Apple has filed a patent application for what appears to be an iWatch wearable computer, and with a few other entrants already in the market, this technology holds promise for health care applications, according to analysts.
The smart watch concept is an extension of health and fitness monitoring devices, such as Fitbit Flex, which also monitors workout data and can synchronize the data that it gathers with iOS, Android and Windows 8 tablets. Smart watches also have a long history in film and popular culture in addition to a current Android-powered Sony model.
Despite some potential obstacles that could hinder the iWatch's success, analysts see a future in health care for the device, which would feature a flexible touch-screen display.
"I think they're on to something big here," Gregg Malkary, founder and managing director of Spyglass Consulting Group, told eWEEK. "I think this really has the potential to transform the health care industry."
The iWatch could advance the move in health care toward mobile connectivity, he said.
Malkary sees the device connecting to smartphones through Bluetooth and pushing medical alerts bidirectionally between the user and caregivers.
"What seems to resonate with me is now we have a new vehicle that can be tied into the phone," he said.
Malkary noted that in health care, patients are being given more responsibility for self-monitoring. The device could potentially track heart rate, blood pressure and send alerts about doctor's appointments.
"The two most likely areas where a watch like this will be successful [are] for exercise and health monitoring," Rob Enderle, principal analyst for the Enderle Group, told eWEEK in an email. "Both categories are ideal for a wrist-mounted device and the last-generation iPod Nano was commonly used with a wrist mount for folks that were running or riding a bike."
If Apple incorporates the right sensors, the iWatch could monitor daily activities and provide GPS data if the wearer has fallen or becomes ill, Enderle noted.
This type of SOS functionality is ideal for the elderly, who may fall without anyone around if they live alone.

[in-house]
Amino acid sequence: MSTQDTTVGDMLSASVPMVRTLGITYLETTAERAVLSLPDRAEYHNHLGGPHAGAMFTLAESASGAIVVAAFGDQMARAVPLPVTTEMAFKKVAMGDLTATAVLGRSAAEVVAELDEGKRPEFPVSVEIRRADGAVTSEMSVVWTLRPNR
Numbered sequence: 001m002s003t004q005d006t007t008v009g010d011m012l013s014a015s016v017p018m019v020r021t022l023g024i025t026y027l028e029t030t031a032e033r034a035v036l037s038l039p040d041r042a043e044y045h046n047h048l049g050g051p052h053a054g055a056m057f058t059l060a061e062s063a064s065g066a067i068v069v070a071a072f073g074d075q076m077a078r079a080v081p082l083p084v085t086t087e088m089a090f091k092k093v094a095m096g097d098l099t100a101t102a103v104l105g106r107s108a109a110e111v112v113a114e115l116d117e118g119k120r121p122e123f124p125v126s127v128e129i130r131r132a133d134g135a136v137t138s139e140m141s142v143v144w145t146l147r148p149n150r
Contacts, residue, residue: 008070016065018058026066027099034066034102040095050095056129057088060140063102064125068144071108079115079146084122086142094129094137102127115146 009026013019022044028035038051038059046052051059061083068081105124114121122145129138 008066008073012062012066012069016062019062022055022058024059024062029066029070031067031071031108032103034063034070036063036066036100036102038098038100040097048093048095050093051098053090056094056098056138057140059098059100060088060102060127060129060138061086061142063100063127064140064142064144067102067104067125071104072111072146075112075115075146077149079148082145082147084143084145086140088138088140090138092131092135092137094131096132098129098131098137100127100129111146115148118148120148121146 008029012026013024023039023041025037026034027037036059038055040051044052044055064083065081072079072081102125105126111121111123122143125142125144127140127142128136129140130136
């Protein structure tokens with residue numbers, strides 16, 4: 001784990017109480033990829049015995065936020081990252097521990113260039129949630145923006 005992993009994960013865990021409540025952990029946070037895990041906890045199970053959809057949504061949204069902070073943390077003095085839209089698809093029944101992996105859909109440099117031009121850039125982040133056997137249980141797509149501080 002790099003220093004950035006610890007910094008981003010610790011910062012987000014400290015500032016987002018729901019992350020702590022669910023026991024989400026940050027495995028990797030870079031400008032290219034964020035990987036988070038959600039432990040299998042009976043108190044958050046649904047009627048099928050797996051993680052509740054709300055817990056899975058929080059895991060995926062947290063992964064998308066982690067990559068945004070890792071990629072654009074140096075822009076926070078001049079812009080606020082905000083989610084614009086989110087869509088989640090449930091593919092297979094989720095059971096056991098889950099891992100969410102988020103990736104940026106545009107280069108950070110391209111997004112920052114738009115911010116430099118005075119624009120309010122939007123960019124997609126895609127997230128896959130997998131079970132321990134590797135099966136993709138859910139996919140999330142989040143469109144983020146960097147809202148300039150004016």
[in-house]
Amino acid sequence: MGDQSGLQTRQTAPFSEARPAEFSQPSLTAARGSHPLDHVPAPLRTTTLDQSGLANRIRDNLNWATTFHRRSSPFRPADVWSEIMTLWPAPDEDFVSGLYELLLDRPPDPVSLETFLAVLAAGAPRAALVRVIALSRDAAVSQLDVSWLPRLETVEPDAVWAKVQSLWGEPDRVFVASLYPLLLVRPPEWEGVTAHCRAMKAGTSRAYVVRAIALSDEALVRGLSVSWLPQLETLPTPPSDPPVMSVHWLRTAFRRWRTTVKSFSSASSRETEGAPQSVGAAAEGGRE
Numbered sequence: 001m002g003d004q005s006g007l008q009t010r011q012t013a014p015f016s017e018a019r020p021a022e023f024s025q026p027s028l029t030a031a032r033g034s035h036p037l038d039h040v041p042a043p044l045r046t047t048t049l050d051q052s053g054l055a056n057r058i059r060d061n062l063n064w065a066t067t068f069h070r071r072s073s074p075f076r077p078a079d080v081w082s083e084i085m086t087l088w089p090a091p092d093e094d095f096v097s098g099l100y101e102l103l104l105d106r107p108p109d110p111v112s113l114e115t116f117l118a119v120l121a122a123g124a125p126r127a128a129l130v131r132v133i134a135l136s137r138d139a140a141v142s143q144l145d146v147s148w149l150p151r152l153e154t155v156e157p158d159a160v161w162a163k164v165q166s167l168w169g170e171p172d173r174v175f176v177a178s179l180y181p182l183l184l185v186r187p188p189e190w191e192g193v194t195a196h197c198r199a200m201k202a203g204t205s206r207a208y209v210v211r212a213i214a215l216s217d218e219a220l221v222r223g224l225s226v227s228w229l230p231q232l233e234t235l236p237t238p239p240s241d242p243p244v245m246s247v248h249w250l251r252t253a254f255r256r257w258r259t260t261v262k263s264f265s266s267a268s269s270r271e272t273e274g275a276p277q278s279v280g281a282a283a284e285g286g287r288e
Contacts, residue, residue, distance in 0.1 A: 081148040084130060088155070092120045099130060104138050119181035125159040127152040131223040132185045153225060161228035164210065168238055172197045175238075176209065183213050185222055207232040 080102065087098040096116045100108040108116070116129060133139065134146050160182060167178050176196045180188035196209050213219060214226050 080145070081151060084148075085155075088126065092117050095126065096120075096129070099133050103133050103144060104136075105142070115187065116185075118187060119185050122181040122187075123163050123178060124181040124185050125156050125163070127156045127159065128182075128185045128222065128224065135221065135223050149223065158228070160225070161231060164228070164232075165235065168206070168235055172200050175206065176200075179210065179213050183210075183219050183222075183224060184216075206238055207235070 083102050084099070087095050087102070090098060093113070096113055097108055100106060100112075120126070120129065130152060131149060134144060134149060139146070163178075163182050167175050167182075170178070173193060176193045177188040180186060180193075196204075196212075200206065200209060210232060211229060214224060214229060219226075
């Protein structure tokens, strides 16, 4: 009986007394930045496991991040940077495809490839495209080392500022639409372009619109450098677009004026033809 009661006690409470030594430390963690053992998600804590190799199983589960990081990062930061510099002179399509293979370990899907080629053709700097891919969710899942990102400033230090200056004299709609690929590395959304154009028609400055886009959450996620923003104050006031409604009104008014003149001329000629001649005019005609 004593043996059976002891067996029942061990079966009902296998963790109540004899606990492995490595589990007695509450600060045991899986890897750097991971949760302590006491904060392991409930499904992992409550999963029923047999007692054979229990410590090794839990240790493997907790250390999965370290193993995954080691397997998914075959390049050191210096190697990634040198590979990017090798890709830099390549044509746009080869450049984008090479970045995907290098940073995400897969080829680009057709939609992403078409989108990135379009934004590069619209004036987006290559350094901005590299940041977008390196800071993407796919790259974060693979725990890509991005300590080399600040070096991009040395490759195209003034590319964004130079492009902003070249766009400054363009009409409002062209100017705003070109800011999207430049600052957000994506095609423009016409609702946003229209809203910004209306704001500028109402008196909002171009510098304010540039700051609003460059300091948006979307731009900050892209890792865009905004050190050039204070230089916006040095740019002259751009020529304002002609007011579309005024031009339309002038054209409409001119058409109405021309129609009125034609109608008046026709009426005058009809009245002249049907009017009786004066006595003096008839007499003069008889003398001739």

Companies such as iLoc Technologies and SmartFitty Watches already offer similar watches that monitor patients' whereabouts through GPS and can connect to medical monitoring devices.
Announced on Feb. 19, the SmartFitty watch incorporates a personal fitness tracker to keep track of distance, calories burned and sleep patterns at night. Users can then plug the data into an online portal.
The iLoc and SmartFitty devices already incorporate an SOS capability.
In addition, the iWatch and smart watches of this type could be useful for medication compliance, Malkary noted.
Perhaps a screenshot could be pushed to the watch from a smartphone showing the pill a patient needs to take. "If you're chronically ill you could be taking a phenomenal number of pills," said Malkary.
Epocrates, recently purchased by Athenahealth, currently offers a mobile application that displays pill screenshots, Malkary noted.
Many people stopped wearing watches with the advent of cell phones and later smartphones, but perhaps smart watches like the iWatch could bring them back onto people's wrists.
"The wrist is an ideal location because the display can be viewed much more easily than if something were in a pocket or pouch, particularly if one hand is busy holding something like handle bars," said Enderle.
Smart watches are part of the move toward wearable computing that the likes of Google Apple and others are trying to popularize. Wearable health and fitness monitors could reach 170 million devices by 2017, ABI Research reported.
In addition to watches, wearable health devices can be incorporated into clothing, bracelets, badges or even tattoos, according to a July 2012 report by GigaOM Pro.
As far as the iWatch, "while I do expect this device to be somewhat of a status symbol, if done right, it will be most successful for those wanting to monitor something, or be entertained, while in motion," Enderle said.